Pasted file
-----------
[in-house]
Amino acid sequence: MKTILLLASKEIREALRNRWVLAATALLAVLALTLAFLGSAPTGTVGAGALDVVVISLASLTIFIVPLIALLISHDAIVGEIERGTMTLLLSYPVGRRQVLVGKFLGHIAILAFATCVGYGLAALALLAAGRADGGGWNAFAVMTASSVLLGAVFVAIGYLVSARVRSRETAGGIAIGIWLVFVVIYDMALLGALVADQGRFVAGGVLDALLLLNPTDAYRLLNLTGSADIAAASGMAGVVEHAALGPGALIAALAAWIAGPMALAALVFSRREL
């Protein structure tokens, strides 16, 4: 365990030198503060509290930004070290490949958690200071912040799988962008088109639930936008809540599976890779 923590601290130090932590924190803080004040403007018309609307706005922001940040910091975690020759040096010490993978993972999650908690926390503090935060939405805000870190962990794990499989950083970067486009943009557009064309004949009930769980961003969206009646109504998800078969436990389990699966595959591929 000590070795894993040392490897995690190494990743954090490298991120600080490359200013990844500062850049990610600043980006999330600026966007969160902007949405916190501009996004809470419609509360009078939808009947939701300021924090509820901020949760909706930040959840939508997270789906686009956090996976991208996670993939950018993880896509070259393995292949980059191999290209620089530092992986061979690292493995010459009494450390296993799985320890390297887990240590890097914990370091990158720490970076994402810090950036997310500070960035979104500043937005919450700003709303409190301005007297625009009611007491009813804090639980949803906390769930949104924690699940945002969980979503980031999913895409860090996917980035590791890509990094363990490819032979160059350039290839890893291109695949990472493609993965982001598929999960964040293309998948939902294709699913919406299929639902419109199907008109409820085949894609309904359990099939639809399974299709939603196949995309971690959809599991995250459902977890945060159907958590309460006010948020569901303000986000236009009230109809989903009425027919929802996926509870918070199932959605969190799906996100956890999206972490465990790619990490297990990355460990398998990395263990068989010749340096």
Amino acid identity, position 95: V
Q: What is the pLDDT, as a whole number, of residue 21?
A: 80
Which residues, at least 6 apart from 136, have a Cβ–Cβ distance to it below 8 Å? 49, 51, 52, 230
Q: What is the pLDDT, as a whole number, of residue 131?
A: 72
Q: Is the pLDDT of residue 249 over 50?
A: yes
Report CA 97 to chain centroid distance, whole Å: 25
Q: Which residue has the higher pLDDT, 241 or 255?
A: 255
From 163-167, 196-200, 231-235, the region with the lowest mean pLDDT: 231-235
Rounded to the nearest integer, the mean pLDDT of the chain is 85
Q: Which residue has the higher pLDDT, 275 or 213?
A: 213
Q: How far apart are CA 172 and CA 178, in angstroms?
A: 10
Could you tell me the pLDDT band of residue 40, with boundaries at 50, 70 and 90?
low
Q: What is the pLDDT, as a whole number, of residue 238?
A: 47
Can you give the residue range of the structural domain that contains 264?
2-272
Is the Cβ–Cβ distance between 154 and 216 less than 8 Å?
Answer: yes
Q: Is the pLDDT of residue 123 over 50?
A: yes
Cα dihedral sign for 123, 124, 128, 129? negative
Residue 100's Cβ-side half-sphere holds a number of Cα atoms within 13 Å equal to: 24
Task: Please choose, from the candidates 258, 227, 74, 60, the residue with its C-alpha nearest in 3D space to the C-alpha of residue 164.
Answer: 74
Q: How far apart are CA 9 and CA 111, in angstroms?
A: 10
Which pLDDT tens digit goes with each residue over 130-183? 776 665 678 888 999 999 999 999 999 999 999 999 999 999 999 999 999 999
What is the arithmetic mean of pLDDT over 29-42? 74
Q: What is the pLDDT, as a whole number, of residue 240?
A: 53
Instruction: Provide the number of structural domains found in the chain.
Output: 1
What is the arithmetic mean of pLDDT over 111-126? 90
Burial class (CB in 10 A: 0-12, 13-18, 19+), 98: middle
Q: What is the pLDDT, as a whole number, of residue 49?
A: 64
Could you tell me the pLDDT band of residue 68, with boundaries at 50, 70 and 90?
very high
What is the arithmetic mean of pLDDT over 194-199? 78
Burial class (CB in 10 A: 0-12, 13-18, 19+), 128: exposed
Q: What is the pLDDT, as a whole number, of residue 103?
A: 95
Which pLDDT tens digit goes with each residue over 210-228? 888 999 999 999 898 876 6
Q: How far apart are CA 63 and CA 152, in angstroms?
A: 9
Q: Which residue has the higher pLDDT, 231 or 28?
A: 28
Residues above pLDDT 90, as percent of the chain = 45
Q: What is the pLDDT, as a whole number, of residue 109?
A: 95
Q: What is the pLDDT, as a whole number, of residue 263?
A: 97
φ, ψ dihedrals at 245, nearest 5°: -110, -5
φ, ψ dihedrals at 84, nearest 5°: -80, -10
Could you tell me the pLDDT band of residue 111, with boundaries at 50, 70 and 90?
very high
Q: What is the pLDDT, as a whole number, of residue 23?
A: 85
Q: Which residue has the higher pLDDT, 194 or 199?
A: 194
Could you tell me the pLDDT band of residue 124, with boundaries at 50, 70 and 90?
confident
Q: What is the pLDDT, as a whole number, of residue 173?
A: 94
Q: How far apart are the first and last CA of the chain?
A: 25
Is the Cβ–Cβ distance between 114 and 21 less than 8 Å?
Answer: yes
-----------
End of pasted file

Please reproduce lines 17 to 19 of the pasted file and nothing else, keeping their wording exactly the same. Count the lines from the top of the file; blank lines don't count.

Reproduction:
Q: Which residue has the higher pLDDT, 275 or 213?
A: 213
Q: How far apart are CA 172 and CA 178, in angstroms?